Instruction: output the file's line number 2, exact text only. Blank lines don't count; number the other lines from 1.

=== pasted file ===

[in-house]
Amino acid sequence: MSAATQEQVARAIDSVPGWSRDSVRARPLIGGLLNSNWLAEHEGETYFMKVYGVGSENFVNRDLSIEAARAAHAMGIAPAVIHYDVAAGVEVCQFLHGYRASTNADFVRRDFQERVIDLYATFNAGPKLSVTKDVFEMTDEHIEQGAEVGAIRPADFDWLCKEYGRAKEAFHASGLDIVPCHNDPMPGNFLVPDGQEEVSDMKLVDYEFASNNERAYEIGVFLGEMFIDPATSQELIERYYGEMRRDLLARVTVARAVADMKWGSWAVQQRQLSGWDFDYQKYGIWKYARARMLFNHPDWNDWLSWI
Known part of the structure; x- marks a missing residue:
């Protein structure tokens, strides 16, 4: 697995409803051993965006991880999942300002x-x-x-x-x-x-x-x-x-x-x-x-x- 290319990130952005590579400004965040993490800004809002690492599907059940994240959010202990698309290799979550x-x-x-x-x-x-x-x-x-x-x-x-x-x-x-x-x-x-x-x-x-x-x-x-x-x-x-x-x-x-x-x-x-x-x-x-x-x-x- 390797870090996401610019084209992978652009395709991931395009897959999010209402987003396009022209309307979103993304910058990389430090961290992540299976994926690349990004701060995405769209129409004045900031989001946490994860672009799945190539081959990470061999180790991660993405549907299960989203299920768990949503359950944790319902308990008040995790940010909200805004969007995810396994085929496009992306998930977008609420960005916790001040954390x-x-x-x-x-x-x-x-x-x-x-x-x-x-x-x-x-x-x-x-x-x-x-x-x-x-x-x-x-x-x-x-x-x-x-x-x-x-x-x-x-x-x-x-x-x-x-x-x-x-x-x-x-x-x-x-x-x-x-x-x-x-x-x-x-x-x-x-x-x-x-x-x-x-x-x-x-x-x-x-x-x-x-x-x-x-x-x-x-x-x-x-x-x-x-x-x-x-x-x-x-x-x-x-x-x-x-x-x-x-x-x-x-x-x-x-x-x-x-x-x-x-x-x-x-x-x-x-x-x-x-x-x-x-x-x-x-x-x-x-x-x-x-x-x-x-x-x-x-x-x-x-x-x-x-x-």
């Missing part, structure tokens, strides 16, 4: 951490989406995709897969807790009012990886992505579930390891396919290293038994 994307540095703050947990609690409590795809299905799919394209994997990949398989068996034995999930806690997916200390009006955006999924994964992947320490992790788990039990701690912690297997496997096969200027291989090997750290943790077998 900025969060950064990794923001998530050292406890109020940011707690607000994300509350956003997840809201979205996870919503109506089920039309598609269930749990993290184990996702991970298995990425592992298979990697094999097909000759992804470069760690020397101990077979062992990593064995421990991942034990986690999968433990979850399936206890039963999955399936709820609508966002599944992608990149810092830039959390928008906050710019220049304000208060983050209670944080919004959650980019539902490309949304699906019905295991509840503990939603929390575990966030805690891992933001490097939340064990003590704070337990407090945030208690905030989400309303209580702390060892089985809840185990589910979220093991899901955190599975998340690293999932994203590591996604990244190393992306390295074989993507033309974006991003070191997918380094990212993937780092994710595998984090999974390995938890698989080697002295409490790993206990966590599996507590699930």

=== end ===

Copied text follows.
Amino acid sequence: MSAATQEQVARAIDSVPGWSRDSVRARPLIGGLLNSNWLAEHEGETYFMKVYGVGSENFVNRDLSIEAARAAHAMGIAPAVIHYDVAAGVEVCQFLHGYRASTNADFVRRDFQERVIDLYATFNAGPKLSVTKDVFEMTDEHIEQGAEVGAIRPADFDWLCKEYGRAKEAFHASGLDIVPCHNDPMPGNFLVPDGQEEVSDMKLVDYEFASNNERAYEIGVFLGEMFIDPATSQELIERYYGEMRRDLLARVTVARAVADMKWGSWAVQQRQLSGWDFDYQKYGIWKYARARMLFNHPDWNDWLSWI